66 – The Old Stone Mill, circa 1850, northeast of Smithsburg, MD
Northeast of Smithsburg, Edgemont Road winds into the foothills of South Mountain past log houses now clad in weatherboard, past orchards, past a mobile home firmly planted on fieldstone foundations. On the left, a massive stone and frame building stands guard at the edge of the road, a millstone propped against its wall. The gambrel roof, covered with new enameled metal, protects four stories built into the slope, its stone walls laid up on bedrock. A small rill tumbles down the wooded mountainside behind the building.
Once a grist mill with gable ends, this massive building has been transfigured many times. At first it was longer and extended east over the small stream at the back of the property so that an interior millwheel could generate power. Then a fire destroyed the millworks and weakened the back of the building. A flood later destroyed this rear section of the mill but left sound stone walls standing on the west side of the stream. The building was then shortened to 70 feet by 37 feet. No longer straddling the stream, a new end wall was constructed using stones from the damaged section. The mill had become a distillery.
An 1859 map of the area shows a large parcel of land in the vicinity of the building as owned by J. Stouffer, but no structures are pictured. However, T. J. C. Williams’s History of Washington County, Maryland mentions a Jacob Stouffer as a miller; so perhaps he ran the mill around that time. John Welty acquired the property from the Stouffer family about 1877, and the Illustrated Atlas of Washington County, Maryland, 1877 labels a distillery in this area and nearby homes as owned by J. Welty. J. Mitchell Stover, who built the charming brick home next door in 1888, and used the mill as a canning factory, then purchased the parcel. He lost the property by defaulting on a mortgage in 1896, at which time it was purchased …at public outcry (public auction) by a large land holder, Samuel B. Loose, (rhymes with dose) for $83.20 per acre.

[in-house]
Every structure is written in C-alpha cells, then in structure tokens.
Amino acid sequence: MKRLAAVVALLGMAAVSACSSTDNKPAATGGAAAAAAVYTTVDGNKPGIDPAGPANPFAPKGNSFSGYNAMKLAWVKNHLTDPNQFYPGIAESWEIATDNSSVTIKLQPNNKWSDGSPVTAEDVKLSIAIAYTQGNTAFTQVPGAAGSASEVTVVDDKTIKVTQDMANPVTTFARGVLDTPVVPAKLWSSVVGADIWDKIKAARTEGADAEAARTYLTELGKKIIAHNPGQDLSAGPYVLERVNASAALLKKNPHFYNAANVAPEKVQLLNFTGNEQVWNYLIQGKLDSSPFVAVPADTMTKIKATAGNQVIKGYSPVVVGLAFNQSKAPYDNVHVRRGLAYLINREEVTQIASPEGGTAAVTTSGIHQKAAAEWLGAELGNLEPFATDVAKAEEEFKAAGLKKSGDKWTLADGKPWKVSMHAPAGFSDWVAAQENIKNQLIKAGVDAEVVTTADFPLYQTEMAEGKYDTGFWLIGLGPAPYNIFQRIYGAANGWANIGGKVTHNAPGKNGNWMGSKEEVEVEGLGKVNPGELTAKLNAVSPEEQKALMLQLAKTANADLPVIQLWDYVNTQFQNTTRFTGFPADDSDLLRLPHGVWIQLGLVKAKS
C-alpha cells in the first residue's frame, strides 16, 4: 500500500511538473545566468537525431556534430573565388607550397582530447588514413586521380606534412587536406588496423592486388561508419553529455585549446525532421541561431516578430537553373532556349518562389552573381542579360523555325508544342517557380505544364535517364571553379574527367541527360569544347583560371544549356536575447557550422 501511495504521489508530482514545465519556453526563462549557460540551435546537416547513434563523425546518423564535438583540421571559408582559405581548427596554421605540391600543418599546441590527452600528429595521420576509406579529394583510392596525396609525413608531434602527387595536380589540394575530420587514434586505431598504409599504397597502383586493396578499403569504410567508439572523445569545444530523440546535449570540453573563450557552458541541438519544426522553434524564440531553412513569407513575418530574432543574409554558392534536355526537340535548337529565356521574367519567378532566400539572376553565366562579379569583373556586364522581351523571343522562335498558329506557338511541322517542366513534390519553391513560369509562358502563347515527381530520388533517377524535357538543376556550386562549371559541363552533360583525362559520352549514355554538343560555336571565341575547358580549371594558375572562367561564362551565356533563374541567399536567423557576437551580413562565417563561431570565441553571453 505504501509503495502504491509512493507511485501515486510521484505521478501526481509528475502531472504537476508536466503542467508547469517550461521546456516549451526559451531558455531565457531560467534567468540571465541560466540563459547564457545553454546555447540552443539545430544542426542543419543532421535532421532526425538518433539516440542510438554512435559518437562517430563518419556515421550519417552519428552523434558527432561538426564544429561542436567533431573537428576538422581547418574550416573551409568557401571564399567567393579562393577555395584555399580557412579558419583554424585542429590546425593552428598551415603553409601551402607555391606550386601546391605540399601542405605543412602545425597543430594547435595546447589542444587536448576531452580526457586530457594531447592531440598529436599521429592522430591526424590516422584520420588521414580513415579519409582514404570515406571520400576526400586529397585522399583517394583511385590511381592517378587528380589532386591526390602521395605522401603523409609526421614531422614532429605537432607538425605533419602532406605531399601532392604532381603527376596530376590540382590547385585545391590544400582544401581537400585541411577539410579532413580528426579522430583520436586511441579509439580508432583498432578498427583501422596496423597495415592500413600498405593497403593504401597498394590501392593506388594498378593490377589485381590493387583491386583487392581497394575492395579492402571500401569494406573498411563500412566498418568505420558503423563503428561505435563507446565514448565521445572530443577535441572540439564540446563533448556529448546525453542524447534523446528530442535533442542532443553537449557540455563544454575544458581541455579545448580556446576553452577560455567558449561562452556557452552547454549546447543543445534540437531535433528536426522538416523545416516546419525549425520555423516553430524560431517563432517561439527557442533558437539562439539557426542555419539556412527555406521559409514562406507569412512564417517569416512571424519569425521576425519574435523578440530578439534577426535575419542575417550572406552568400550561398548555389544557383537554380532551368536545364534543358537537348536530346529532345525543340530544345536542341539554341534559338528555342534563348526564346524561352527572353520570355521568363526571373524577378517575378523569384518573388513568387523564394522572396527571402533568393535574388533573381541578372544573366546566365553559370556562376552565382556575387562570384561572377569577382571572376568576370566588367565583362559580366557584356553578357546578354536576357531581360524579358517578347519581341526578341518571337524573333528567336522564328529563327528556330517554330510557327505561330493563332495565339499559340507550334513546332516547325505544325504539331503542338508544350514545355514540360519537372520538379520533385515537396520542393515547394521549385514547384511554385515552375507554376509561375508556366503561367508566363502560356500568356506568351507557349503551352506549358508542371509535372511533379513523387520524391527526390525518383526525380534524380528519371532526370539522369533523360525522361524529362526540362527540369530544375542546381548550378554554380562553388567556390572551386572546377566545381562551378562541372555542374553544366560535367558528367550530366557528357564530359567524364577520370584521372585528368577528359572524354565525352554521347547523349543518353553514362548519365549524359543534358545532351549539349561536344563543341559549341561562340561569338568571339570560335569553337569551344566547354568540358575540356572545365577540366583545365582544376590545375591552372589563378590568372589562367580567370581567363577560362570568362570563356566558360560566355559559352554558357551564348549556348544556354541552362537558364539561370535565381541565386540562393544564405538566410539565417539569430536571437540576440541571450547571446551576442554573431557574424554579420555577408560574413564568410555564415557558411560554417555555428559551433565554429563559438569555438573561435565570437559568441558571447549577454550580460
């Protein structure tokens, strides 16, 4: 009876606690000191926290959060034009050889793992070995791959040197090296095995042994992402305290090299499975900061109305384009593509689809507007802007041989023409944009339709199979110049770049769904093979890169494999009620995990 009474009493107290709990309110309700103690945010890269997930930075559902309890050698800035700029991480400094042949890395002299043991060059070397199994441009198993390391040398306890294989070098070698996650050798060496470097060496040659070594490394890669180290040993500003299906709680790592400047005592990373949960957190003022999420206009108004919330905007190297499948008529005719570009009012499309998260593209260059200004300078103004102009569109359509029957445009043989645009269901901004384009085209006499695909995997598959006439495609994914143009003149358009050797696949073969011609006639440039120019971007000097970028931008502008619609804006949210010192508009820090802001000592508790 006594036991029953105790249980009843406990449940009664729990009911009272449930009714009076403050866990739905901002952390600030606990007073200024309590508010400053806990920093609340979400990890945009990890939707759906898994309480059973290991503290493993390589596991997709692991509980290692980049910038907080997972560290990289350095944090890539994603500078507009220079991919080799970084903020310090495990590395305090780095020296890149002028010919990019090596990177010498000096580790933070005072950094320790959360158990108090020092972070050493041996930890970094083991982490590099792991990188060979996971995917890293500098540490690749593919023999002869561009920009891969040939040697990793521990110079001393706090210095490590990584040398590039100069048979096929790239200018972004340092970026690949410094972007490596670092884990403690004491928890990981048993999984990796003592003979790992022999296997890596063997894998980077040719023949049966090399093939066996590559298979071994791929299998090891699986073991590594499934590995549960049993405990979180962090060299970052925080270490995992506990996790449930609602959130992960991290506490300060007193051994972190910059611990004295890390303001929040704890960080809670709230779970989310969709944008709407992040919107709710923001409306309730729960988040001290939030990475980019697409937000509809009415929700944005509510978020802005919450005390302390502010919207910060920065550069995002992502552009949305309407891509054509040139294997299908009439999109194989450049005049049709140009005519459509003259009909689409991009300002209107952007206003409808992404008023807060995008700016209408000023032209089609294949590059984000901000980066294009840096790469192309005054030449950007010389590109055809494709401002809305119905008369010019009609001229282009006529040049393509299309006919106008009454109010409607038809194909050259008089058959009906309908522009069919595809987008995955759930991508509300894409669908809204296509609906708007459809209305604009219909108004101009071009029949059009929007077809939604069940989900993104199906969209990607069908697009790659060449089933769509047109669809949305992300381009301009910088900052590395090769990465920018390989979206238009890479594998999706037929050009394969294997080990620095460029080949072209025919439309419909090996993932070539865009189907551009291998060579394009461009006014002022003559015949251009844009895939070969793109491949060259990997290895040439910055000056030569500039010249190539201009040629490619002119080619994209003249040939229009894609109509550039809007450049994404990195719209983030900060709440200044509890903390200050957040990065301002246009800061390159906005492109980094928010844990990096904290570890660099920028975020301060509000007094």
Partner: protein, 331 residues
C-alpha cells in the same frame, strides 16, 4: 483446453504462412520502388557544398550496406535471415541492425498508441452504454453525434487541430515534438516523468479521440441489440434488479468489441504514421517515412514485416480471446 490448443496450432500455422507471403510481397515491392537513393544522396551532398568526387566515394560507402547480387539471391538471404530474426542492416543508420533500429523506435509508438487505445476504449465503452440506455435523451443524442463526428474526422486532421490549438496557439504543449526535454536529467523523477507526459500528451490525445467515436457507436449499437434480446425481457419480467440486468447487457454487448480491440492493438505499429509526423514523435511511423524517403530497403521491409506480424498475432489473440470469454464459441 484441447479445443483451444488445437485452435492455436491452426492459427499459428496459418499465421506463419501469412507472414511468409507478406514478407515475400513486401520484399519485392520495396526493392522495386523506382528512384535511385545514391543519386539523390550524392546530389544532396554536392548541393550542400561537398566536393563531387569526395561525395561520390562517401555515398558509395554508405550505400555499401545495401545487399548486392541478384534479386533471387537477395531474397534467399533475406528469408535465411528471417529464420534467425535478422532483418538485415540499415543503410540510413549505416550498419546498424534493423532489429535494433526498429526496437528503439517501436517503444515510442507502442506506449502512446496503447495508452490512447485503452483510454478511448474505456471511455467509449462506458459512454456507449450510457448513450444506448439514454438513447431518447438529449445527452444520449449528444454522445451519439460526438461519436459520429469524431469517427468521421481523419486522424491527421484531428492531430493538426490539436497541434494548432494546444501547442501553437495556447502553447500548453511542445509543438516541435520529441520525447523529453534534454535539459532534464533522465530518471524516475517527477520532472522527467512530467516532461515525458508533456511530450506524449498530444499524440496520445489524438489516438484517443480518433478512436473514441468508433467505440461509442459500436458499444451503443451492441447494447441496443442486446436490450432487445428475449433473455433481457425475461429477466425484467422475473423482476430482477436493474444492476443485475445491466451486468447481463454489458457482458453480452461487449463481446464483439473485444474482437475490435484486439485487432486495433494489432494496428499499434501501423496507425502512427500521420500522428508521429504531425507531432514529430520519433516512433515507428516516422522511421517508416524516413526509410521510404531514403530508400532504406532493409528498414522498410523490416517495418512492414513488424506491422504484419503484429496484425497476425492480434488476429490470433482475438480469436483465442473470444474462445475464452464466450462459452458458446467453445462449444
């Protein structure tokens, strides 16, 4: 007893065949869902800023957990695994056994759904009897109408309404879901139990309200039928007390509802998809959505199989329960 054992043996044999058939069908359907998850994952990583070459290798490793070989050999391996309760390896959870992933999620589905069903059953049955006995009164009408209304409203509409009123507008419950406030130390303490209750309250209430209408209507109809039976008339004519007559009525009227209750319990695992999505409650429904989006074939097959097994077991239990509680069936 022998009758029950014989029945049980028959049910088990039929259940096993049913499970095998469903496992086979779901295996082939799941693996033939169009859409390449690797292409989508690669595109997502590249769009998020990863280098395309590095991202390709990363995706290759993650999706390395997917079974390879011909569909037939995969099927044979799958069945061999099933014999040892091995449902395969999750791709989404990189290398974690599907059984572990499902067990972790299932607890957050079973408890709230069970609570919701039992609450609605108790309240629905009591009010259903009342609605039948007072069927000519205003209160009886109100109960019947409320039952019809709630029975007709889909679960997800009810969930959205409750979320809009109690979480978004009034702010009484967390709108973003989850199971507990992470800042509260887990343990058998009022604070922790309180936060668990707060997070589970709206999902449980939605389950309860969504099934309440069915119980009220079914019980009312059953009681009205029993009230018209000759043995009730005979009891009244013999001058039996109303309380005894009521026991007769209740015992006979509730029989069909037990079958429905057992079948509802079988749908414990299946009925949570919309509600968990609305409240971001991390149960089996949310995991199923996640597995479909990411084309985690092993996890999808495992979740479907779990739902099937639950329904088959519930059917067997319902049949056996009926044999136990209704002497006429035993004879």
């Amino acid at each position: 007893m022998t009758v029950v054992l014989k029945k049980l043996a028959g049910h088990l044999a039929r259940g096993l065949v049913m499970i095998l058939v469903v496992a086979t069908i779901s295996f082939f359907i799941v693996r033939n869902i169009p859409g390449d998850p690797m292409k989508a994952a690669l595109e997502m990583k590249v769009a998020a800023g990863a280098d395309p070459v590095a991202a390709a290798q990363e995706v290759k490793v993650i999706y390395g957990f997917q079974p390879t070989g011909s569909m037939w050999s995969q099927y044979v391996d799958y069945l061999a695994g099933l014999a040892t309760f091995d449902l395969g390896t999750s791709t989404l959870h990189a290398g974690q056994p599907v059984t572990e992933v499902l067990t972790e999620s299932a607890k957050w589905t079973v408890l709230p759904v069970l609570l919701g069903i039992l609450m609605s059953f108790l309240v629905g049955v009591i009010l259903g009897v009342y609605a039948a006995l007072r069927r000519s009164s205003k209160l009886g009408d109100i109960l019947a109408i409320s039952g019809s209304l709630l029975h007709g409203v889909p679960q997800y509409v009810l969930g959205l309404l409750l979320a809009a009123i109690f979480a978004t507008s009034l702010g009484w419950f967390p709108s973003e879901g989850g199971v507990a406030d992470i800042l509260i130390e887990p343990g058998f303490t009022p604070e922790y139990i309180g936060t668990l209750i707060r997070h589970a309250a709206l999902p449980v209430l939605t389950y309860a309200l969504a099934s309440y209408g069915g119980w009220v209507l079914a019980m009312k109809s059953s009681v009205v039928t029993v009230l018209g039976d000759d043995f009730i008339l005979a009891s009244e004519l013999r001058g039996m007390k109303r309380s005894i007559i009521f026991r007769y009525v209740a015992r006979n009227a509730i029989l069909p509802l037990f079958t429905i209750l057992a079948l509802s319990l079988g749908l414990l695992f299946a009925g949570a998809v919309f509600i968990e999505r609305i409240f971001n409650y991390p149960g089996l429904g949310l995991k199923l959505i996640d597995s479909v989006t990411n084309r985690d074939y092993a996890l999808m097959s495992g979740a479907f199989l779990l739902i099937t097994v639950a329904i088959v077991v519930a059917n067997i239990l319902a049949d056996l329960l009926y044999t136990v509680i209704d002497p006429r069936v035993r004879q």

Loose, according to Williams, was a graduate of Princeton, a lawyer who began to study law in H. Kyd Douglas’s office and was …much interested in the culture of various kinds of fine fruits. Loose spent his summers at the residence on the Edgemont property; and, in 1923, from April until mid-October, he transformed the old mill yet again. The top floor of the structure was removed, the gambrel roof was installed and a packing plant for his fruit was born. In the basement, both the horse stalls and beams were made of black walnut lumber.
A board removed from the roof joisting revealed the signature of the men who worked on the renovation; and a receipt for the work shows a total labor cost of $2,275, with the men being paid fifteen to 30 cents an hour for carpentry, while masons were paid 40, 50 and 60 cents.
Loose died a few years later; and the property remained in the family of his daughter Elise Loose Lane until 1973. The following year, it was purchased by John and Becky Longmire, who converted it into their home with the help of architect Eleanor Lakin. The open spaces of the packing barn were carefully divided into living areas. Old doors from other properties were salvaged, stripped of finish and reused. One tall, paneled door, still carrying a small brass plaque stating 1st Class Only, probably came from a train station. It now closes the elegant first floor guest room. The original chestnut and pine floors of the mill were refinished, and the stone walls remained exposed through most of the house.
John Longmire had to leave the area for another job, and the house was sold in 1977, in 1979 and again in 1980. In 1981, Jackie Shaw, who never reads the classifieds, was reading classified advertisements in the Washington Post one Sunday, when she came across the only publication of a tiny ad for ..a STONE DWELLING with over 4,000 square feet of space. Jackie is an artist and had been reading about other artists living and working in converted barns. Although she and her husband Lynn were very happy in their home, they went to look as a lark, a Sunday excursion.